Morrison does all of his own research and editing. “I think of the two things as inextricably linked,” he explains. “I have to know where everything is, what we have and what we don’t have. It’s really how I write. The writing came as I was doing it.
“I like to start with a discovery and then fill out a back story from there,” Morrison says. “Rather than trying to find a needle in a haystack, I’d rather start with a diamond and find the mines.”
That approach led him to the late 19th century. Before there was a Dawson City, there was a First Nation Hän settlement called Tr’ochëck at a bend in the Yukon River, tucked into Canada’s far northwest. When gold was discovered there in 1896, the Hän were displaced and the town of Dawson City was established. The explosive boom and equally rapid bust form the real start of Morrison’s story.
He realized that the gold rush was concurrent with the birth of cinema, and the history of film in Dawson City was the history of cinema throughout the century. For Morrison, this epic tale represented nothing less than “the story of capitalism as told through cinema and shown through this town.”
The result is an historical epic that spans the better part of the 20th century and includes a cast of thousands, including a string of surprising characters who would later find fame in Hollywood. “I guess you could say the same crazy people who would try to find gold up in the Yukon are the same people who would try to find it in Hollywood,” Morrison says.
Another consistently vibrant component in Morrison’s work is music, having worked with composers and musicians such as Michael Gordon, Bill Frisell, Dave Douglas, Vijay Iyer and others. “[Music] was always something that really inspired me in cinema,” recalls the filmmaker. “Even ‘Rocky,’ not just the theme song but how the strings worked through the fight sequences. I was really intrigued by that. Then when I saw ‘Koyaanisqatsi,’ I was, Oh, music can be your narrator and you don’t even need a plot, per se.”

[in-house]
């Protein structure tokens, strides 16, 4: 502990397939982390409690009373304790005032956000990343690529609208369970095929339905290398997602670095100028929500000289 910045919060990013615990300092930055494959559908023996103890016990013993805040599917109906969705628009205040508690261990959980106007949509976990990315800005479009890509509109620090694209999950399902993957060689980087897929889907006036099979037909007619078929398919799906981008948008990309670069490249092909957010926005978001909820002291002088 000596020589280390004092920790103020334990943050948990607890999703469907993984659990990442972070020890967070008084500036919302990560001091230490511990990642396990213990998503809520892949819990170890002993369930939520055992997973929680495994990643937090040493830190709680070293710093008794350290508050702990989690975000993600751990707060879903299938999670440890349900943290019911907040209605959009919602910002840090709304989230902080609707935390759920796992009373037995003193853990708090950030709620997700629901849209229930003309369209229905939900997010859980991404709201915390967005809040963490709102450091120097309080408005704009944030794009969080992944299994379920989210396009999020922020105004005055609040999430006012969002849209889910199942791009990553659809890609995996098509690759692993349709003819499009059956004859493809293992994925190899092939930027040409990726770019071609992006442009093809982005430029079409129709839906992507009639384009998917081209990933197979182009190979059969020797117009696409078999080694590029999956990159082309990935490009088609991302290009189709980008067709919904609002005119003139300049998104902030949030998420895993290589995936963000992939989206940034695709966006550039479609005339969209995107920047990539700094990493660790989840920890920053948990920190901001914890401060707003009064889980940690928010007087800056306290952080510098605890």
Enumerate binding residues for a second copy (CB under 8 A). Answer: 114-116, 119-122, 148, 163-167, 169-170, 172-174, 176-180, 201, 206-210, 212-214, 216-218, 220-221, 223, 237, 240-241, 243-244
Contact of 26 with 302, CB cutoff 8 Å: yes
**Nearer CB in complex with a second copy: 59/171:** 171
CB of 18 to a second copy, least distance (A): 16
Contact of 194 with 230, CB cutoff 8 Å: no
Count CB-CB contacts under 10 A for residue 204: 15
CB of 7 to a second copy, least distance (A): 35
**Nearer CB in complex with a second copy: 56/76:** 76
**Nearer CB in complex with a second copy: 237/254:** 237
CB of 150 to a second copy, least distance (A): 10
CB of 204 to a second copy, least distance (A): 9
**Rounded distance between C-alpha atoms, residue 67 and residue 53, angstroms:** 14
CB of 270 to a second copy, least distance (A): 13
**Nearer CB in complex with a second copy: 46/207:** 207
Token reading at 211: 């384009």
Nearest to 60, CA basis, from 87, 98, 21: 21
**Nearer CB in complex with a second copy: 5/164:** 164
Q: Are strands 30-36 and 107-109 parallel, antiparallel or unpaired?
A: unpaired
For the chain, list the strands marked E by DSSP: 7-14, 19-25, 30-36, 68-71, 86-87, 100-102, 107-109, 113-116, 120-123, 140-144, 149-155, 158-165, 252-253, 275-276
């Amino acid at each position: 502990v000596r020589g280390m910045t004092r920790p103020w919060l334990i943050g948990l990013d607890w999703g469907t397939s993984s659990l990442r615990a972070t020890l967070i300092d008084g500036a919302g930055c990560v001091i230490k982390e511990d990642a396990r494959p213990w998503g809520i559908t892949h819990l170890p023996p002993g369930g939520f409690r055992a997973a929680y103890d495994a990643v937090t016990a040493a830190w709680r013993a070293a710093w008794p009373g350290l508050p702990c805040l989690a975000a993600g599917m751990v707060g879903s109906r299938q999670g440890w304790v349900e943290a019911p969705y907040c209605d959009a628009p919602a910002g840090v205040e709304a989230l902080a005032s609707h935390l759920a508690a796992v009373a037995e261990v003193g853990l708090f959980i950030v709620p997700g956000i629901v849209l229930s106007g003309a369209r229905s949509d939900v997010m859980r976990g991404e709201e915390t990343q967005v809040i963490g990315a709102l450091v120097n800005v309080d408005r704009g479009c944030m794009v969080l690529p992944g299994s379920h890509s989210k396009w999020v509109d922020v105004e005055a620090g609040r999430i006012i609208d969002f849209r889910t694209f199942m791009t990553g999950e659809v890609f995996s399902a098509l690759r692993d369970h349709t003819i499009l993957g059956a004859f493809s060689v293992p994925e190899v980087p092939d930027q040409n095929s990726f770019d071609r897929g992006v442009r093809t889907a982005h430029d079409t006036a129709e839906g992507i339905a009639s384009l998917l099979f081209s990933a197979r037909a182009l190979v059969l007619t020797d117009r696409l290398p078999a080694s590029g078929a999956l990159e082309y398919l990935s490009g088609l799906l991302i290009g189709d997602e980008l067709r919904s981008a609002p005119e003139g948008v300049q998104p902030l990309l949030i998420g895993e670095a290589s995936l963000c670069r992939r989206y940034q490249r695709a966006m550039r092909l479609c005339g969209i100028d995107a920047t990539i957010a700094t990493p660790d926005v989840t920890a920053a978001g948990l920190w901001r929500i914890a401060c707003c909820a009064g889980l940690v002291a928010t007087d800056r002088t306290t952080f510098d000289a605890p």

On one of his trips to Ottawa, Morrison met with guitarist-vocalist Jónsi of the Icelandic band Sigur Rós and his frequent collaborator, Alex Somers, backstage at a concert. Later, in New York, after looking at the footage, the duo produced a demo that so impressed the director he used it with the pair’s 2009 album “Riceboy Sleeps” as a temporary “scratch” track for the film. Jónsi went on tour, but Somers eventually composed the eerie, churning score for “Dawson City” and recommended his brother, John Somers, as sound designer.
They created a soundscape that reflects both an accompaniment and a counterpoint to Morrison’s images and themes. John Somers developed a program that monitored the degree of decay in each frame and created a correlative audio component, giving the film an even more haunting quality.
Morrison ultimately sees the story as a grand tragedy, a mystery — how did those films get into the ground? — that reveals both human resilience and hubris. “I liken making the film to working on a huge jigsaw puzzle,” he says. “You know where the edges are but you don’t know how you’re going to fill in the middle. In the end, everything interlocks. There’s a reason the image before it is before it, and the image after it is after it, so it makes sense visually as part of an edit, as well as historically and narratively.”
For audiences, Morrison says, “I want you to have that sensation of having lived through the century, that you went through all the decades, that you worked up to that point. The minutiae is really the point of it. What gets saved, what gets lost, what gets forgotten, what gets remembered.”